The Art of Toy Minimalism

Published on: December 21, 2018

Less is more, or so they say. But how can stripping back the number of toys help promote play? 

By Victoria Davis

Toys, toys, toys!!! As much as we try, they seem to be everywhere!

During pregnancy, I had the idyllic notion that my child would play only with educational toys: wooden sets, musical instruments, and handmade imaginative toys.

Fast-forward two years and my two-year-old daughter, Odessa, seems to be besotted with bells, whistles and plastic gadgets, particularly the kind that are gifted to her from various Thai friends around our soi (my local 7/11 being THE hub of free, plastic items!)

I realized she was overwhelmed. She didn’t know where to start, so she just didn’t start at all.

As the house filled with stuff, I began to realize that, if all the toys were in her play area, scattered around or in tubs and boxes, she wouldn’t play with anything. She would try and find other household items to play with, rather than her own toys. She would constantly bother me for entertainment and I couldn’t understand why. You’ve got a room full of toys, play with them!

I realized she was overwhelmed. She didn’t know where to start, so she just didn’t start at all.

It dawned on me that she didn’t yet have the skills to create her own play time, so it was up to me to do it for her.

Fewer toys led to more play

Every night when she went to bed, I went to town on the toys! I switched everything around. I would pack away about a third of the toys and set up different play areas. A Duplo area, a drawing area, a few soft toys on the couch, a book table with a beanbag.

In the morning, she would come out of her bedroom and see a whole variety of things to do, even with very minimal items.

Every night when she went to bed, I … switched everything around.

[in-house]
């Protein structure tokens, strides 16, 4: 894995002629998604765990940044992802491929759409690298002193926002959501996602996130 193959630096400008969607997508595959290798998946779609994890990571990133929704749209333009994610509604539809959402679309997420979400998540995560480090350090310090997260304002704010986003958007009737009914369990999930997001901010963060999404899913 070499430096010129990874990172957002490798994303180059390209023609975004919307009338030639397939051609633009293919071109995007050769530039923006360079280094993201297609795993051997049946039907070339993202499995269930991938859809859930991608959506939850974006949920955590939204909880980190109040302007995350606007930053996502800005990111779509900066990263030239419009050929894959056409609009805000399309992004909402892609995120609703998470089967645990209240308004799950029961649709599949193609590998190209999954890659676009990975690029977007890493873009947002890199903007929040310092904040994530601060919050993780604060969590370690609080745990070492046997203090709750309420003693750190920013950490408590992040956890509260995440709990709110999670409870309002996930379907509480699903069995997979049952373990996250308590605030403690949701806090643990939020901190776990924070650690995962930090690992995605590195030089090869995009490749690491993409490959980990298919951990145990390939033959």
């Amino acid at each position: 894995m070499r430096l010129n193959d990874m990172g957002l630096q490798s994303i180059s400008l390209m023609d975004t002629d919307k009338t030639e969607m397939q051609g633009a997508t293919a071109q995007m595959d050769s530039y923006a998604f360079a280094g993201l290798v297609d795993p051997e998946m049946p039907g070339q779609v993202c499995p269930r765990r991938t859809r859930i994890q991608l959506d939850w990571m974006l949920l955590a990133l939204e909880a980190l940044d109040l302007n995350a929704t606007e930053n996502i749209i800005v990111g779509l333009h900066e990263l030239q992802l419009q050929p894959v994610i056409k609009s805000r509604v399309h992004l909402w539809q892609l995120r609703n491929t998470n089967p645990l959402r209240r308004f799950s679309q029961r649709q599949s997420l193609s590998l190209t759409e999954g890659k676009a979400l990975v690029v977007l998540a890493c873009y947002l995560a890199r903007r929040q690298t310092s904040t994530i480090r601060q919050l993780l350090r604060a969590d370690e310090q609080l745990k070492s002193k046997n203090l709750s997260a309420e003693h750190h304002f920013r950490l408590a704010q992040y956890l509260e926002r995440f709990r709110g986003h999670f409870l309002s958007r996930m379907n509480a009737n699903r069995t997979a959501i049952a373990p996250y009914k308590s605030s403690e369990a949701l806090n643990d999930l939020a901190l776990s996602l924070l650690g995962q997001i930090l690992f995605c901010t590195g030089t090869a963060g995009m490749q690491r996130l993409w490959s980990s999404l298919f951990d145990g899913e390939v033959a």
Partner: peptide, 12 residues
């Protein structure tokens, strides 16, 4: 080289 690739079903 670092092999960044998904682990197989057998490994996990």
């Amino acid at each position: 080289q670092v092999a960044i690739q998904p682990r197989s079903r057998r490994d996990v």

The difference has been amazing. I would guess she is getting at least double the time and value out of the toys compared to when they were all out and scattered around with no context.

I found myself wanting to play with her more because the space was more organized, less cluttered, less overwhelming. We could move from one activity to another easily.

Now that she is a little older, she chooses her toys and puts away the ones she doesn’t want to use. These toys are put in an entirely separate cupboard, away from her play area, and we call it ‘treasure’. She loves to come and select her different treasures every few days.

Toy minimalism opens up space for creativity

“Toy minimalism” is the intentional removal of toys in order to open up a space of creativity, value, and resourcefulness.

Between the ages of one and three, toy minimalism can be used to develop focus, purpose, and simplicity in the play experience. At this age, children can also communicate which toys they like and which toys they don’t want to play with at that time. Kids enjoy feeling in control and this is a healthy way to give them that sense of direction.

Essentially, less is more – kids don’t need much to have a satisfying play experience.

Over the age of three, toy minimalism can be used to foster imagination, inventiveness and also kindness. Sorting through and donating toys to underprivileged children can become a joyful and bonding experience with your kids. It also teaches responsibility, not just at home, but also in the greater community.

Benefits of toy minimalism

  • Teaches your child to ‘clean up’ or pack away their toys, thereby giving them responsibility and a sense of ownership.
  • Eliminates boredom and the feeling of being overwhelmed by stuff, which is beneficial for both you and your child.
  • Promotes focus and imagination; watching your child in their own world of make-believe is a blessing.
  • Frees up your time; no more tidying up big messes constantly.
  • Stops you stepping on or tripping over dolls and Lego in the middle of the night!
  • Helps your child appreciate the toys they already have, thereby encouraging them to take care of their toys and ensuring toys are not considered ‘disposable’.
  • Promotes caring and sharing; encouraging your child to donate their toys to other, less fortunate children is a great way to teach thoughtfulness and compassion.

Essentially, less is more – kids don’t need much to have a satisfying play experience.

Photo by Jelleke Vanooteghem on Unsplash

 

About the Author

Victoria is a professional astrologer who moved from Australia with her husband Mark and 2yo daughter, Odessa (Frankie). Victoria enjoys yoga, meditation, Thai massage, and spending time with friends and family. She runs a “Community Travel and Living” group on Facebook and her astrology work can be found at “Who Am I Astrology” on Facebook, Instagram and www.whoamiastrology.com.

The views expressed in the articles in this magazine are not necessarily those of BAMBI committee members and we assume no responsibility for them or their effects.

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